decision to work with the Velvets, rather than an artistic one. At the
time, Morrissey also thought that Reed and Cale lacked presence, and
that what the Velvets needed was a singer with “a bit of charisma”. He
suggested someone who was already a part of the Warhol camp: Nico.
The suggestion that Nico should join the band
didn’t go down too well with the Velvets, to put it mildly. Morrissey
played them her single on the Immediate label, and according to him Reed
was “hostile to Nico from the start”. What changed Reed’s mind was the
fact that Warhol was offering them an enticing management and recording
deal. There was of course the recognition that his patronage would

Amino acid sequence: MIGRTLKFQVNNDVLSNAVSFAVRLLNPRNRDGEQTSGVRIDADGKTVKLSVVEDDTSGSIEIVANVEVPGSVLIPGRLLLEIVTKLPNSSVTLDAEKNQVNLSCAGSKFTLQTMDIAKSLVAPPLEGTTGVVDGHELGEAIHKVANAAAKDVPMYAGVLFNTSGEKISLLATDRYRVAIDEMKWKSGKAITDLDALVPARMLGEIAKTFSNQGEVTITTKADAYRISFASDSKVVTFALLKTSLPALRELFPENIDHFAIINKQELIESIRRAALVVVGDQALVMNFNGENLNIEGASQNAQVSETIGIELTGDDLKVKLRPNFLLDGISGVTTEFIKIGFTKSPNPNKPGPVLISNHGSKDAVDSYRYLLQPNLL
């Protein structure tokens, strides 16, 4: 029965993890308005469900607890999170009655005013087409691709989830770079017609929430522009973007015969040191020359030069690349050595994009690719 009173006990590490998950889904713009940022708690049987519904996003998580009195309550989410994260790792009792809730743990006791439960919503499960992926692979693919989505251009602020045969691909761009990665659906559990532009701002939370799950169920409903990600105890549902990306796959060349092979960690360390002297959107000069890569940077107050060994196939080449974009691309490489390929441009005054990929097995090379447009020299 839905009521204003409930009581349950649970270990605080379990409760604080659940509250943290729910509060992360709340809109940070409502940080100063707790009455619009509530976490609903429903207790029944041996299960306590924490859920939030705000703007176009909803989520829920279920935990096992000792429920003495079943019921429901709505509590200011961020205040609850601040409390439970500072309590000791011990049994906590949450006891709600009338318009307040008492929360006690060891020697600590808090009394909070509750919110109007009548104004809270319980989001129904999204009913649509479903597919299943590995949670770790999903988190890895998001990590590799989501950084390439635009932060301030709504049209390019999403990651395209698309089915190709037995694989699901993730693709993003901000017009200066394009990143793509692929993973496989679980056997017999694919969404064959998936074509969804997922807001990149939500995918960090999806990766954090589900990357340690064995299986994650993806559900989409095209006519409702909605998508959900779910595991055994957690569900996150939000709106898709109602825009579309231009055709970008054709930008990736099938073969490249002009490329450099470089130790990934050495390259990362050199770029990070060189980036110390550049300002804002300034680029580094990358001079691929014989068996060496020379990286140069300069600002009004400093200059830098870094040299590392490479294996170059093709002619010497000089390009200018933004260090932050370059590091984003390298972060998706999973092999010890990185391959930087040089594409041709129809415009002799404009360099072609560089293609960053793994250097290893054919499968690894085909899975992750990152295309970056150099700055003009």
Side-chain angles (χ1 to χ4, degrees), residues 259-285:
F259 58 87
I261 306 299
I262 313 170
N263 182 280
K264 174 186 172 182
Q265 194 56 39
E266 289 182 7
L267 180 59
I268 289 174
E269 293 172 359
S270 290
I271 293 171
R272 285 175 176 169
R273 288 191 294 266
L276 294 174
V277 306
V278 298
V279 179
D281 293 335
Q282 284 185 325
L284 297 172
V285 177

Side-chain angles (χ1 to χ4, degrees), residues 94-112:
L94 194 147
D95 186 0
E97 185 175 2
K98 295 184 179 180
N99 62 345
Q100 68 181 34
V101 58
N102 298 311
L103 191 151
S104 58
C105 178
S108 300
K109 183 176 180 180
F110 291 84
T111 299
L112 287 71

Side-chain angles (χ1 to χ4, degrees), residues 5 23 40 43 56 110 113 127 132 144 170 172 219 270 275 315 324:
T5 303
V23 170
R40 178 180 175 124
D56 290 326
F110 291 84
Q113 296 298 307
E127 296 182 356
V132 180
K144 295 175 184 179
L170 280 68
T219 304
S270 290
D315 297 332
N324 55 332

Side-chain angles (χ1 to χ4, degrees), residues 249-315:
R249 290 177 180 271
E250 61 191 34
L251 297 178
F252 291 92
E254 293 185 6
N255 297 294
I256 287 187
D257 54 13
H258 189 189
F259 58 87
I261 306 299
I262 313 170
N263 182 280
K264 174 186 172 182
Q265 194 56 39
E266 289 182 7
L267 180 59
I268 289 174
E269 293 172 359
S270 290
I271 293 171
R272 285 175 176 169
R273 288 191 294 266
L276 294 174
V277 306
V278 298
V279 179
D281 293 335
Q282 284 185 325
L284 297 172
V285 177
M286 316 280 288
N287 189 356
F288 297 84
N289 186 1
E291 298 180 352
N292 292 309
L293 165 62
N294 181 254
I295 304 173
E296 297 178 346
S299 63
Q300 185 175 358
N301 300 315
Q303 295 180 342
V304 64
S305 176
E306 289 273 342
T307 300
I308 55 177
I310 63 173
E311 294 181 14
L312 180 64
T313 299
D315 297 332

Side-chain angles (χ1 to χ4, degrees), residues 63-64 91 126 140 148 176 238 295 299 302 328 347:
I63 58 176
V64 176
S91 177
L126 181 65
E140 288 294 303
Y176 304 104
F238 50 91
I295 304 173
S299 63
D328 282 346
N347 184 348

bring. In the end, it was too good a deal for the Velvets to turn down.
According to Nico, Reed agreed simply because he lacked the confidence
to refuse — or perhaps, lacked enough confidence in himself as a
vocalist. Still, at his insistence the billing would distance Nico from
the group, making it crystal clear that she was not a band member. They
would be The Velvet Underground and Nico. So Aronowitz was ousted (he’d
only had a “handshake deal” — something he subsequently regretted) and
Morrissey and Warhol officially became joint managers of The Velvet
Underground. In return for 25%, Warhol would invest in new equipment,
get them gigs and a recording contract. In fact, after buying two
instruments from Vox, Warhol got them to supply further equipment for
free, having arranged an endorsement deal (the band would later endorse
Acoustic, and then Sunn).
But a problem remained: Nico wanted to
sing all the songs, which Reed refused point blank to allow. But since
her presence meant that some gentler songs were now needed, Reed wrote